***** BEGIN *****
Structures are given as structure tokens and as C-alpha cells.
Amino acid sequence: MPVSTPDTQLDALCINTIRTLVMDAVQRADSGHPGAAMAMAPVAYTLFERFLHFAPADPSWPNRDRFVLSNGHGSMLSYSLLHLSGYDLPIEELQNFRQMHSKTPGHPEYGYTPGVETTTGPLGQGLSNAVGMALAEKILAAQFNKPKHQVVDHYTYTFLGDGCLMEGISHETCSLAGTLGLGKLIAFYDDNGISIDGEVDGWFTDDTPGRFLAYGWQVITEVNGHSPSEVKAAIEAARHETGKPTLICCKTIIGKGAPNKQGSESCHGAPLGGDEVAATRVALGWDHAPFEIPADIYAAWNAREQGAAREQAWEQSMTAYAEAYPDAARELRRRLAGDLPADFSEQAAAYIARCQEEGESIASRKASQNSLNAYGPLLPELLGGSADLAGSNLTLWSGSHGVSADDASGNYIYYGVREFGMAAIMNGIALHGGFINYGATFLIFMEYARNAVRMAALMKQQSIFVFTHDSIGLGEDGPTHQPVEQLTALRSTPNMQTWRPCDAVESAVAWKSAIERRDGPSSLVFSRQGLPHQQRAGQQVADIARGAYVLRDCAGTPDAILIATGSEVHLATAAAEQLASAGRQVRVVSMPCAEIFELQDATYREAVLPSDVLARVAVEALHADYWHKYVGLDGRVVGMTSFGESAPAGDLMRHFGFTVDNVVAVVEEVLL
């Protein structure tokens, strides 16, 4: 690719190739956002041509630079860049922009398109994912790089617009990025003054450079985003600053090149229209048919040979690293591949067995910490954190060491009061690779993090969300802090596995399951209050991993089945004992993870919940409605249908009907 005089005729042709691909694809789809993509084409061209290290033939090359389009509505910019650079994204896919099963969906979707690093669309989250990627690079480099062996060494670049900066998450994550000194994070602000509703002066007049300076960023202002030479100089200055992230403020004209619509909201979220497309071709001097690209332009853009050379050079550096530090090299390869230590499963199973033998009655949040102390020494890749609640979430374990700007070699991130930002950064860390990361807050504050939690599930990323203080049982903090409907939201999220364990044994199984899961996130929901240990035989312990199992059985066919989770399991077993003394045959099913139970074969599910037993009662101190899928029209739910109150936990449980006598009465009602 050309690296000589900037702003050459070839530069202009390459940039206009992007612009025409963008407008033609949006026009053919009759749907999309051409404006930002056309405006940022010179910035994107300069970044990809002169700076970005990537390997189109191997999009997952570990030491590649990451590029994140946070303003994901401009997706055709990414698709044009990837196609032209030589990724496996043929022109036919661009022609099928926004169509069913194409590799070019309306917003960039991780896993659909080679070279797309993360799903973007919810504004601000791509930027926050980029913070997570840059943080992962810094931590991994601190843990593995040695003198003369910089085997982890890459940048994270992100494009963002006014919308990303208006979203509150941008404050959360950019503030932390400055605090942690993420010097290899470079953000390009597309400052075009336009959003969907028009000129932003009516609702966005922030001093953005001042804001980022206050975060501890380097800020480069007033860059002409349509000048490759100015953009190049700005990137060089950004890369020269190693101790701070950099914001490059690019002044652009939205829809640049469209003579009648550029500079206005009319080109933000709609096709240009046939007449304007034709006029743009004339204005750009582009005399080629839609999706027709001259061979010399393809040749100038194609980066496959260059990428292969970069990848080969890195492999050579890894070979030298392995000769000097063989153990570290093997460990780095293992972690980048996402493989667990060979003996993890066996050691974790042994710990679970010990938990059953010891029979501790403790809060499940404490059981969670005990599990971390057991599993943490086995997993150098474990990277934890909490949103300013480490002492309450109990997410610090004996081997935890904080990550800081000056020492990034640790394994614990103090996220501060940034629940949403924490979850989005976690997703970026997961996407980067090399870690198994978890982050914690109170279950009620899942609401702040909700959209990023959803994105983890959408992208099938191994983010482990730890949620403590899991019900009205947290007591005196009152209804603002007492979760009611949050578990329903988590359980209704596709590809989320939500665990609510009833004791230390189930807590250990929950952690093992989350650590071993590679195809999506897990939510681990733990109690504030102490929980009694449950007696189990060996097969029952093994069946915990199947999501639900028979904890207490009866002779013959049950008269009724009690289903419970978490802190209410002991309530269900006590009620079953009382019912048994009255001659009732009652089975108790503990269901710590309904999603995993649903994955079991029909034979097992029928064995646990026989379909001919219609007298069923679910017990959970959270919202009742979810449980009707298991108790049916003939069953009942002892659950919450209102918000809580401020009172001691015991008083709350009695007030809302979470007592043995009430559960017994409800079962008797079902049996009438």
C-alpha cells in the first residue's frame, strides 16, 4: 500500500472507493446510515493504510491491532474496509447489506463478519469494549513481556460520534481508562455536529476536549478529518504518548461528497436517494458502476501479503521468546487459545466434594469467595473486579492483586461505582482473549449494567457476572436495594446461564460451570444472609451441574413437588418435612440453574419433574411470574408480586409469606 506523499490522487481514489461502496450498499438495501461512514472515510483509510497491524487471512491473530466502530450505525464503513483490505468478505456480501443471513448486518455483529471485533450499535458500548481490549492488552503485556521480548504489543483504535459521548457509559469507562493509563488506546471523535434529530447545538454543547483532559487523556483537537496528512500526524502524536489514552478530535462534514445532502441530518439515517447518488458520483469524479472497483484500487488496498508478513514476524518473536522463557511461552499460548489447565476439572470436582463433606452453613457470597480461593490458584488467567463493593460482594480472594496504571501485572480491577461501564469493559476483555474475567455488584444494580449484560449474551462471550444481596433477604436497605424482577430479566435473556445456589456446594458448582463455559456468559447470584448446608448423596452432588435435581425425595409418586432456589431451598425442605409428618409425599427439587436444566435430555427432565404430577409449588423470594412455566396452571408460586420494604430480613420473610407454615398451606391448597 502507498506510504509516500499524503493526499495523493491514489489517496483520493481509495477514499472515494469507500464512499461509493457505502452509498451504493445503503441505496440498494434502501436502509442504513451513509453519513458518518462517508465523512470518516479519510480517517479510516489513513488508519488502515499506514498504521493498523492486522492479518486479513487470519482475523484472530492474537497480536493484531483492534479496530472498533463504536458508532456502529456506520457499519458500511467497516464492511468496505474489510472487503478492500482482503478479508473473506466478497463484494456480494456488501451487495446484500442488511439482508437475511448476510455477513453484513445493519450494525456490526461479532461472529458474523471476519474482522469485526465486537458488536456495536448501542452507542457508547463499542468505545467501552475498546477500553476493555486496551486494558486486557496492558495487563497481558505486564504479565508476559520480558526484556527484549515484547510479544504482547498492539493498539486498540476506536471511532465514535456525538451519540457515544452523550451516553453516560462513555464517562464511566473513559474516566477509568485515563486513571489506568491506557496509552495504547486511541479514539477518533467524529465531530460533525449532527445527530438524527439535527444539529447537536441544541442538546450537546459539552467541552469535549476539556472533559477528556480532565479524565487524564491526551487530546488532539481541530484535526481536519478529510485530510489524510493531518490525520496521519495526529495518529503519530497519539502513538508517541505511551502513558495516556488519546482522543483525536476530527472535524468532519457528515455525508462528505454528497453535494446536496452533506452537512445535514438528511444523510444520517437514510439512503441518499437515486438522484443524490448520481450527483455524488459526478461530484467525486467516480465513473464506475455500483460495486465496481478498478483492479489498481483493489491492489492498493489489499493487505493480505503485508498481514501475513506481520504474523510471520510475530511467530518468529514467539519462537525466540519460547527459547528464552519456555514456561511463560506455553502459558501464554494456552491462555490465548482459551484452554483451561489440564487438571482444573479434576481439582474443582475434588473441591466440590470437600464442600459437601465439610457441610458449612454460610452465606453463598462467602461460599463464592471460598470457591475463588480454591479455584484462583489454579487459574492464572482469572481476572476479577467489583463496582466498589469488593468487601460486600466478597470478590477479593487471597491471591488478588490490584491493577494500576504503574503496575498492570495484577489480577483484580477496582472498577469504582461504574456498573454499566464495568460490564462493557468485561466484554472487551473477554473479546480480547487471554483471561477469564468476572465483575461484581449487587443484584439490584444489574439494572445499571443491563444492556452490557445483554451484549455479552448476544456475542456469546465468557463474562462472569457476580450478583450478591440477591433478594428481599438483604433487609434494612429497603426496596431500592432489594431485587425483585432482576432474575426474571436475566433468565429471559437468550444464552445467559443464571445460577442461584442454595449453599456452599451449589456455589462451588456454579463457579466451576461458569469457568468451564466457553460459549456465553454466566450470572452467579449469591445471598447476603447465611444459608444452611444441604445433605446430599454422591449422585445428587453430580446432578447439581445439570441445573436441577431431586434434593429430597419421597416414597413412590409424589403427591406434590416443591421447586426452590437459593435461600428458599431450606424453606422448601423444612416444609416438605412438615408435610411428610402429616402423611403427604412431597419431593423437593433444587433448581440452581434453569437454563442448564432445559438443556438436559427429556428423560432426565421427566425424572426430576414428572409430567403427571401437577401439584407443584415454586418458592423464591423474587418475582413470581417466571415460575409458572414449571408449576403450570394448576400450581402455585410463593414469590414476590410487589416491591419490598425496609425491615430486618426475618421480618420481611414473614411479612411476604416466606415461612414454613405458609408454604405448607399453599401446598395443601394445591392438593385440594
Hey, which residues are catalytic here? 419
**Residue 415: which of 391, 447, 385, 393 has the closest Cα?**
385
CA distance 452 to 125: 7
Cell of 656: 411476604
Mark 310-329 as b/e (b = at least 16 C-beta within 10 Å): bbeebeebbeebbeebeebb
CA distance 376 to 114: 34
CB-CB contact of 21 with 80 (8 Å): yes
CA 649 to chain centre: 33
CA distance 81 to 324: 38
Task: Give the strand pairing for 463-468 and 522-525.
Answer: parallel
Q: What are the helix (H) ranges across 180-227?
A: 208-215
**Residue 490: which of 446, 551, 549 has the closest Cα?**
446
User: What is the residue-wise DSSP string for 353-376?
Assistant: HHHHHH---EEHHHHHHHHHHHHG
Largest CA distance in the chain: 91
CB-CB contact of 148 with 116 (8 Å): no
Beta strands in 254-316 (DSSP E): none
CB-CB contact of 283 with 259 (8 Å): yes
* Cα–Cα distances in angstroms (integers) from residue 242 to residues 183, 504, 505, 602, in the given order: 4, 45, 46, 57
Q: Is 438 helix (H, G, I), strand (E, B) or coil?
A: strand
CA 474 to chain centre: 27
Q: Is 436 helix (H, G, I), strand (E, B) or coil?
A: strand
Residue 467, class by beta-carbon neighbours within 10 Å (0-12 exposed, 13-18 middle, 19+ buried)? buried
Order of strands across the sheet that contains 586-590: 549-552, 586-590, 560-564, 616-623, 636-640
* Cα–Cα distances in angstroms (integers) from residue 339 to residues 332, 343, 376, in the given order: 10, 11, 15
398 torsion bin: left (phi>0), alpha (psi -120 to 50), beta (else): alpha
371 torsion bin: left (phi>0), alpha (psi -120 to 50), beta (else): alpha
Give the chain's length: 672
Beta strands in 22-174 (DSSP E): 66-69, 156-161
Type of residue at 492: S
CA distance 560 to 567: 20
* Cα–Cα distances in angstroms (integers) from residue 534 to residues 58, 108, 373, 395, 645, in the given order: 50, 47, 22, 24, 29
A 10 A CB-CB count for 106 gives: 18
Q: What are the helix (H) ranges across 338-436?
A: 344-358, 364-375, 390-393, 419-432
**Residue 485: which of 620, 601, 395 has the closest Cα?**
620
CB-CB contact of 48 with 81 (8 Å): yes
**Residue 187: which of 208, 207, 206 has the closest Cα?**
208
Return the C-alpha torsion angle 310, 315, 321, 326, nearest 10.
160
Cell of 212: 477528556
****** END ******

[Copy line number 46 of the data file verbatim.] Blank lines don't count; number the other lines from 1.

**Residue 485: which of 620, 601, 395 has the closest Cα?**